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Amazon triumphs in 1-Click patent defence

IPXL appeal rejected

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Amazon.com has successfully defended a claim that its famous 1-Click payment feature infringed another company's patent for an electronic fund transfer or transaction system. IPXL Holdings had been seeking around $50 million in damages.

Amazon.com's 1-Click system allows customers to make repeat purchases at a website with just one mouse click, storing customer details for future use. It enforced its own patent for 1-Click in a high-profile case against rival bookseller Barnes & Noble.com.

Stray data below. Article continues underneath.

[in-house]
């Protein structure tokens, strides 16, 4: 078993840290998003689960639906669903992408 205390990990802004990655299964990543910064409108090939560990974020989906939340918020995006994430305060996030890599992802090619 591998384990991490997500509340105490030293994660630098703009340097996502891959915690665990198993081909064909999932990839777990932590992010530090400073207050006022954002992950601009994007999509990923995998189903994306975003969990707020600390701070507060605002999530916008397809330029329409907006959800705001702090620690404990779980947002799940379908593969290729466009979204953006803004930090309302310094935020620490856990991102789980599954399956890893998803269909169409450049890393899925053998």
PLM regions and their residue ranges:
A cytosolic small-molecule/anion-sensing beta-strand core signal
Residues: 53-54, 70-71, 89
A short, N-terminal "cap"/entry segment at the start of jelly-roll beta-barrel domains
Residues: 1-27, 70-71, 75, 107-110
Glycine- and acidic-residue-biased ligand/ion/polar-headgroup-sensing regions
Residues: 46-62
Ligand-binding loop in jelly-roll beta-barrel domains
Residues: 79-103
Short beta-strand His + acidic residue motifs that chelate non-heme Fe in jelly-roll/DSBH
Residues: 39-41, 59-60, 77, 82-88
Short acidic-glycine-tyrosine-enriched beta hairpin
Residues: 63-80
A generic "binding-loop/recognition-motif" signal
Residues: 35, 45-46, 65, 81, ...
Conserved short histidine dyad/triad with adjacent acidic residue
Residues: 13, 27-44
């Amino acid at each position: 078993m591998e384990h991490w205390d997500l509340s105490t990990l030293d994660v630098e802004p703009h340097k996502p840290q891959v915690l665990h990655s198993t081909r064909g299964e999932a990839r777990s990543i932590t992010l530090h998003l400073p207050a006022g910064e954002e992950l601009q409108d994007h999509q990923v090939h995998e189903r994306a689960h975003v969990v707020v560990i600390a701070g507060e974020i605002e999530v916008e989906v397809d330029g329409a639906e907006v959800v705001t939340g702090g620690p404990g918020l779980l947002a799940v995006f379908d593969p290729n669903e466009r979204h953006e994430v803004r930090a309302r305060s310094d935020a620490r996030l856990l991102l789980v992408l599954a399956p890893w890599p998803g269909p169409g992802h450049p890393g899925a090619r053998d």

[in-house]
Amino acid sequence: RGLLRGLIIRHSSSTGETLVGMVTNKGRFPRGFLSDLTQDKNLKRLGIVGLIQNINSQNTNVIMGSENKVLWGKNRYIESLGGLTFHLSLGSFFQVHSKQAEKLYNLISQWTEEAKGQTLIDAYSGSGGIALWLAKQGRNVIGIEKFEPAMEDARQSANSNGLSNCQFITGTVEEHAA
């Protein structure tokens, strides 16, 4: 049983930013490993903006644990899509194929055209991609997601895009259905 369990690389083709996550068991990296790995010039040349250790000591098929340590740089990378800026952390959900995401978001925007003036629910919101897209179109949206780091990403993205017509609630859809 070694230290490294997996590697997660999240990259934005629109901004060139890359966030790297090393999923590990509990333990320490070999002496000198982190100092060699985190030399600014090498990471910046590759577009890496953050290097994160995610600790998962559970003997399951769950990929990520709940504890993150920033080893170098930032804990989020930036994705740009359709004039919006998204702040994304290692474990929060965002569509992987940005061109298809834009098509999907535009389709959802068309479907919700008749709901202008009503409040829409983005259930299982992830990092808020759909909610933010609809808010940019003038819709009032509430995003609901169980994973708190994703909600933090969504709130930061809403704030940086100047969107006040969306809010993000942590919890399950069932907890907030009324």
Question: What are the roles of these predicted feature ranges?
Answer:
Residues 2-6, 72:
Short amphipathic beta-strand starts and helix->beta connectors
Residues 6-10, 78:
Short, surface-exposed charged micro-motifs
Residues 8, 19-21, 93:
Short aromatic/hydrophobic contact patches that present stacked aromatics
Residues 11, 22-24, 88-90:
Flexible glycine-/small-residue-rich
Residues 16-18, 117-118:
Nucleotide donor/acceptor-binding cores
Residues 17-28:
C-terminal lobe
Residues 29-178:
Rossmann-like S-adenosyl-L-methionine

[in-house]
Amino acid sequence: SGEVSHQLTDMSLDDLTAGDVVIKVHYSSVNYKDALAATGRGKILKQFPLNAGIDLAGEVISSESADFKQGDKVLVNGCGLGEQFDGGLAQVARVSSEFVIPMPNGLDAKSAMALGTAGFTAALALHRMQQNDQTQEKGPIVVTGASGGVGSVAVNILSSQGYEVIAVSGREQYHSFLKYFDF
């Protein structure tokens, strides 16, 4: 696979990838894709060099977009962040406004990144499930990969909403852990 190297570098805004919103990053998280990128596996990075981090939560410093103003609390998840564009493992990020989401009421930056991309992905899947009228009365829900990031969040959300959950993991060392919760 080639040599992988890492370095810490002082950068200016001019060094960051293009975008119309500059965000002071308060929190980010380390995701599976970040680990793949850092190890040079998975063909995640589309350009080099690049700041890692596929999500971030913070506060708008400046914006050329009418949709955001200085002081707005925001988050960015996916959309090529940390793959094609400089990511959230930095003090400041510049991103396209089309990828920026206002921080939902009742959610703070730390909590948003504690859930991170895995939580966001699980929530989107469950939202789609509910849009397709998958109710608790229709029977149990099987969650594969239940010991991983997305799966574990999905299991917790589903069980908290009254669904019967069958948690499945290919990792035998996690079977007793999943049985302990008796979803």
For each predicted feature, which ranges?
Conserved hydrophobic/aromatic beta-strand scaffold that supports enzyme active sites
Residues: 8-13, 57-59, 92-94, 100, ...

But in January 2004, Virginia-based IPXL sued Amazon.com, alleging that Amazon.com was infringing an electronic fund transfer system patent.

In August 2004, District Court Judge Leonie Brinkema ruled that four of the patent claims on which the suit was based were invalid due to prior art (they were already in the public domain) and that the fifth and final claim was invalid because it was indefinite.

IPXL appealed, but on Monday lost its case before the US Court of Appeals for the Federal Circuit. The Appeals Court upheld the findings of invalidity, and therefore did not consider whether the 1-Click feature had actually infringed upon the patent.

See:

Copyright © 2005, OUT-LAW.com

OUT-LAW.COM is part of international law firm Pinsent Masons.

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